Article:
IMG_2695-2The last part of the meal was some sweet Moroccan mint tea and halwa chebakia (a sesame cookie that is fried and coated in honey).  The sweets were a perfect way to end the meal…and I was rather disheartened that we only got to have one…and that no one was selling them on the streets. ^^

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A nice picture of Erin and I sitting on opposite sides of the table


My picture of a picture

After lunch we were told to wait outside for everyone…where we were suddenly surrounded by men trying to sell shirts, magnets, post cards, ect.  My favourite man however was the most entrepreneurial of the lot.  As we had been walking down the Kasba, a man was snapping pictures of us.  I assumed it was for promotional pictures for the website… Nope!  Instead, as soon as we went in for lunch, he whisked his camera away to a 1 hour photo place and came back with all the developed pictures and was selling them for €2 each or if he had more than one of you, you could probably talk  him down.  Alas, he only had one of me (see above) and I think it was my favourite picture of the trip!  I fell like a celebrity ^^


Look at the gorgeous lanterns!

After lunch they took us to the traditional arts market place.  Now this place was phenomenal!  Granted, I couldn’t afford anything there, it was sure nice to look at.  DSCF6865

They also gave us a spiel about Moroccan carpets, which granted, if I had money…or a permanent address, would be nice to own some day.  Oh well…maybe next time!  Look at how many different kinds they have!


I mean, who wouldn’t want to own this lovely tea/coffee set?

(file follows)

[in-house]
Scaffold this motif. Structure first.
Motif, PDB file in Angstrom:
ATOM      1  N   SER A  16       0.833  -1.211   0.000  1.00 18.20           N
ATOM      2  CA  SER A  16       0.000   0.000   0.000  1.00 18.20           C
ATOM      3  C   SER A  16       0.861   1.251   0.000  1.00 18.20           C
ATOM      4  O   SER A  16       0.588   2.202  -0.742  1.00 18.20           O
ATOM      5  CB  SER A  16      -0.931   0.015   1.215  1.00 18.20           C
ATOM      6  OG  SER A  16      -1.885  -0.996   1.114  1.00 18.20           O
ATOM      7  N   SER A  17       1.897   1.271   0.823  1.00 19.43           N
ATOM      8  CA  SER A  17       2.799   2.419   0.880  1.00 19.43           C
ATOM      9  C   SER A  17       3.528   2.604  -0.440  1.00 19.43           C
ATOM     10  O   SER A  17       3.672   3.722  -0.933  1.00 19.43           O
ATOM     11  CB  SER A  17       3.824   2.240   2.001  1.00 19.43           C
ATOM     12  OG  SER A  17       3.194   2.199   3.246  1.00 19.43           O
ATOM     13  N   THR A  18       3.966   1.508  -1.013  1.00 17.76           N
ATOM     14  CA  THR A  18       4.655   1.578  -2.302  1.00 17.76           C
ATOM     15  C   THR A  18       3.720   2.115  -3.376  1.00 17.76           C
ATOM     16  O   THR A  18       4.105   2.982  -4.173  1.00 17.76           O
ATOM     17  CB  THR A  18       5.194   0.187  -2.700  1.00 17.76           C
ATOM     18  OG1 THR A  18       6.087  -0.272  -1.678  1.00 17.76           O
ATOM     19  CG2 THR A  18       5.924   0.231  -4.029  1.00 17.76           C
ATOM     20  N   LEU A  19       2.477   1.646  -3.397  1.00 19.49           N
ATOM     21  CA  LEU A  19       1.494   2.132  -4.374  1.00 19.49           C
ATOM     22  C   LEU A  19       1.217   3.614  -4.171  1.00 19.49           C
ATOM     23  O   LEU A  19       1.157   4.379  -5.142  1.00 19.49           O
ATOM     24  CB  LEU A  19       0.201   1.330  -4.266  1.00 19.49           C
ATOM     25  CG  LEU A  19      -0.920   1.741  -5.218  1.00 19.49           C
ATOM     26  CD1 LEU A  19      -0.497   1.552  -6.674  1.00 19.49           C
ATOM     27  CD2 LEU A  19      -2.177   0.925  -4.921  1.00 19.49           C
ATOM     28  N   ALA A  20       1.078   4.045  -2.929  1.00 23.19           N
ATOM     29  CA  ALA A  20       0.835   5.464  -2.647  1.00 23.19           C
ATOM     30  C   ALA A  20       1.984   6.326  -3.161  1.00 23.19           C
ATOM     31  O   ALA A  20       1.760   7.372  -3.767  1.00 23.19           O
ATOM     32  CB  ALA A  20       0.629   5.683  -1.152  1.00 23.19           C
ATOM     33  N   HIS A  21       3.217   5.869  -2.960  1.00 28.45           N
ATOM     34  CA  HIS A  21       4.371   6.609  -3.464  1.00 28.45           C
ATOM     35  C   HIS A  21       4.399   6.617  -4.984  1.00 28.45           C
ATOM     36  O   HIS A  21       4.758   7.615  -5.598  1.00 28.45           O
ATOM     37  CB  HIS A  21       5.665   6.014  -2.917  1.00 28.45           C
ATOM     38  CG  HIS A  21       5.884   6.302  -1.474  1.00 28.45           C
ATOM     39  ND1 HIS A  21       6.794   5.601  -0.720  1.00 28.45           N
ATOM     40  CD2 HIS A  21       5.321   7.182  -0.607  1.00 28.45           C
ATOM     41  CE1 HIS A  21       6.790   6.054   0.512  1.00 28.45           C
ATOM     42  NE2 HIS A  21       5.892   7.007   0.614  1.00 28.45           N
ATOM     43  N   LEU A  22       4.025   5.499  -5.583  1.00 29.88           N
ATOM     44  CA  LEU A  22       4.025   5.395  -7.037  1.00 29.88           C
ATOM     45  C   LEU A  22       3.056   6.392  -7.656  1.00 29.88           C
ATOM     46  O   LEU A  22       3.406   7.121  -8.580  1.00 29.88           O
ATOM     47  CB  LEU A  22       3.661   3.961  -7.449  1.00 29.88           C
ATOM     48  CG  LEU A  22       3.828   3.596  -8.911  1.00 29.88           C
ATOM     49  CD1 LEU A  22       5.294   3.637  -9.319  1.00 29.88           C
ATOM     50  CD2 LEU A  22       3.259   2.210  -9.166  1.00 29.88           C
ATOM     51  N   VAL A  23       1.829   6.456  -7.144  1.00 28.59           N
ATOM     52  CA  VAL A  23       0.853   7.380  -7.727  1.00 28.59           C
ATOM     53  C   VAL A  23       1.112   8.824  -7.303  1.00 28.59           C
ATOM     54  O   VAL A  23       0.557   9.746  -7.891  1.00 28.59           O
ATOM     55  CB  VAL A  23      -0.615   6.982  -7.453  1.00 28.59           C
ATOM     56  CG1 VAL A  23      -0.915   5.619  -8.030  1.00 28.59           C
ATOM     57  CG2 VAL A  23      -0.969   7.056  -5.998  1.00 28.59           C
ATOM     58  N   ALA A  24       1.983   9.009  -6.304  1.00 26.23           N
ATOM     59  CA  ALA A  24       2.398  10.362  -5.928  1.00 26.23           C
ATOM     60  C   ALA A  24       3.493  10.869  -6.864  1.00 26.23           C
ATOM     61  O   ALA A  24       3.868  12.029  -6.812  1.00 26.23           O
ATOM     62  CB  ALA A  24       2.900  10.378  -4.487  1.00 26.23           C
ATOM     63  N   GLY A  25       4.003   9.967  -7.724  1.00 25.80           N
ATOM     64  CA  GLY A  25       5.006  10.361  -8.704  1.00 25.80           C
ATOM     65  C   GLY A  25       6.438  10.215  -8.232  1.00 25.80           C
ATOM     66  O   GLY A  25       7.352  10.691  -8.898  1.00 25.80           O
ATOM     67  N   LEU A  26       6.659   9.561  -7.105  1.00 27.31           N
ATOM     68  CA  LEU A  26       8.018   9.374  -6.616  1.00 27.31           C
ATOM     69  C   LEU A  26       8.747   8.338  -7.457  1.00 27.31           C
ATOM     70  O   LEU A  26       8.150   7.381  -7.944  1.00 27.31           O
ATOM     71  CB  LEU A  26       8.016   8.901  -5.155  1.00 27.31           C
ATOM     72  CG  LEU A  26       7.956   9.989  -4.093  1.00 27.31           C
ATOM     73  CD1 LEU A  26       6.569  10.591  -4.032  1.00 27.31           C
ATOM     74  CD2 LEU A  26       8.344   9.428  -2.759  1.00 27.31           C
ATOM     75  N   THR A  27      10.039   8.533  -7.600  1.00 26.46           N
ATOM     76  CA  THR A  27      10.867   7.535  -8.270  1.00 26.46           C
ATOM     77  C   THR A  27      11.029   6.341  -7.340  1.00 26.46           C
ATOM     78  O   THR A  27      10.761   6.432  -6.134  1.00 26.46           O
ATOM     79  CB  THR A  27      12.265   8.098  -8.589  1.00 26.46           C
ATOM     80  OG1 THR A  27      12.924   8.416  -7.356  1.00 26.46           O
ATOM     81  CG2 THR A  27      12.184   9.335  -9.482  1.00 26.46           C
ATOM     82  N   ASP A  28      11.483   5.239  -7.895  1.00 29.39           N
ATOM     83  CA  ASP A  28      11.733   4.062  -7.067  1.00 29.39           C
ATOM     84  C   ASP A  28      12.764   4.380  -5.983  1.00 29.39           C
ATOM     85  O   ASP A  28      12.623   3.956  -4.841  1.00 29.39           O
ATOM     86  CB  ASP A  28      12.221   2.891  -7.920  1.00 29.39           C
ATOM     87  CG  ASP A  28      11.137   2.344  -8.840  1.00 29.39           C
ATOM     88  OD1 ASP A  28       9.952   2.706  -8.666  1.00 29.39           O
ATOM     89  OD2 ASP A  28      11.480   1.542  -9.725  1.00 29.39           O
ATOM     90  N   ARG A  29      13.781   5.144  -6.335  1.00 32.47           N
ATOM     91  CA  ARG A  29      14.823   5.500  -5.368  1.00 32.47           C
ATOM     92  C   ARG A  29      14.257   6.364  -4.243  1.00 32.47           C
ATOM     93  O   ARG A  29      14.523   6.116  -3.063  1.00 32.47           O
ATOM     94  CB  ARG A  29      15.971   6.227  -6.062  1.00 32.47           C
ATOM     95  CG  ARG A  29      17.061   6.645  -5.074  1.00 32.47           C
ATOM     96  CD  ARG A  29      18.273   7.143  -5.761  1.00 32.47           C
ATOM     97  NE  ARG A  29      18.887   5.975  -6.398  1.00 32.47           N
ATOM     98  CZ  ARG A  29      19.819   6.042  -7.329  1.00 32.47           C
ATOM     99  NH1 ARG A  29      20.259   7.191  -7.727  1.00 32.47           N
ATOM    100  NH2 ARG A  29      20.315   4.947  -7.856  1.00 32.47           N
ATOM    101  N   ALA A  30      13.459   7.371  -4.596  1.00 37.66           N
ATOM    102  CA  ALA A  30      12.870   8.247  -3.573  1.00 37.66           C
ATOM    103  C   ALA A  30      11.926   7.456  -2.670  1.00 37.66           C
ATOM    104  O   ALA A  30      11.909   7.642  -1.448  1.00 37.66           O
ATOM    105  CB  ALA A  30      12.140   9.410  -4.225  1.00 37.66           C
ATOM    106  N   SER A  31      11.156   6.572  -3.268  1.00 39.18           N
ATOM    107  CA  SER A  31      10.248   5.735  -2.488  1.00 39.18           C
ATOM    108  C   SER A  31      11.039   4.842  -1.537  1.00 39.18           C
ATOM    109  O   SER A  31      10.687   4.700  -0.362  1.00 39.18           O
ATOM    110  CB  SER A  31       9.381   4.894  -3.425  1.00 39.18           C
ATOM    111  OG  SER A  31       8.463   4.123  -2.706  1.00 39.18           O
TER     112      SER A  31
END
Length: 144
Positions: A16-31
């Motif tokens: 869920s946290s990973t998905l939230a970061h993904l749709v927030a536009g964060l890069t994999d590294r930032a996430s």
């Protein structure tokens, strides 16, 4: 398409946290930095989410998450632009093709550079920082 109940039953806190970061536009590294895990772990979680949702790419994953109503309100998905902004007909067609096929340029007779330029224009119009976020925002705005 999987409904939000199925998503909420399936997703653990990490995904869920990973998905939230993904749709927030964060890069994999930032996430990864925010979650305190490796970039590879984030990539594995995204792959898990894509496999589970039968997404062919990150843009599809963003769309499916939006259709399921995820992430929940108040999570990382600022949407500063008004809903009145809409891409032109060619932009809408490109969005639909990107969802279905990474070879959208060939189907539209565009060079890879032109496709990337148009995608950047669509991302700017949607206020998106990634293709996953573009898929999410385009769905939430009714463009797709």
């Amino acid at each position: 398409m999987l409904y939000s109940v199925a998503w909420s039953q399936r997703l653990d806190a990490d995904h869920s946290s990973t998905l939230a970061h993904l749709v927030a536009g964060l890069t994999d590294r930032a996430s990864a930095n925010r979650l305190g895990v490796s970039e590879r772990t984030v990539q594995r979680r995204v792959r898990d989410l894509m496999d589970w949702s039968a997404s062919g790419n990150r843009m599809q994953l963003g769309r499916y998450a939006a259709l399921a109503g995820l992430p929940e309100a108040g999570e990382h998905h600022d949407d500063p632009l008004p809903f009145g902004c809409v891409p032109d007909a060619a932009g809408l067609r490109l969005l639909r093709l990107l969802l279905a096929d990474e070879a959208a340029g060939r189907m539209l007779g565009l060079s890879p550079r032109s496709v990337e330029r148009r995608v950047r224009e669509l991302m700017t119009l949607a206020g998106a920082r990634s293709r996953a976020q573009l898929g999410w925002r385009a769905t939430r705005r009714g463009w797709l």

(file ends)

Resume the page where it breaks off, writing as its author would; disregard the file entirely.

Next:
After we left the traditional arts market place, we got to walk through the actual market place for a bit.  Sadly we weren’t given any time here.  It was a rush-rush kind of tour.  It would definitely be nice to go back when we’d actually have some time to look around and barter.


Our last stop of the tour was at a traditional spice and herbologist (sadly the only potion they had was a ‘love’ potion).  They actually didn’t have too bad of a deal on saffron, so I spent my souvenir money on that.  They had some neat things, a lot of Moroccan oils and rose water creams.  Sadly that last one had quite the strong sent and they went around and gave everyone a sample.  Thankfully they also had a pungent black seed which smelt a lot like menthol that was supposed to be good for headaches, and I guess it must have worked well enough because I ended up walking out with a bag ^^

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After this it was a quick-paced walk down the street to head back to the ferry.  There are two things I haven’t mentioned about Tangier yet: One – they have fantastic doors everywhere!  And Two – they have cats everywhere!  As a door aficionado and a cat lover, both facts are grand in my book.


Sadly all good things must come to an end.  Once we were back on the ferry, I attached myself to the nearest raining by the back and remained there until we pulled into the harbour.  Then it was a long bus ride back into Malaga, and a supper that consisted of crepes!  A great day if I do say so myself.

Till next time~


Say hi to Montreal and Latvia! [Everyone refereed to themselves by code names of where they were from. I got to be Ireland and Erin was Canada]

Bonus?  There was a 90% chance of rain in Tangier and we had blue skies the entire way!  One of only two rain-free days the entire ten day trip.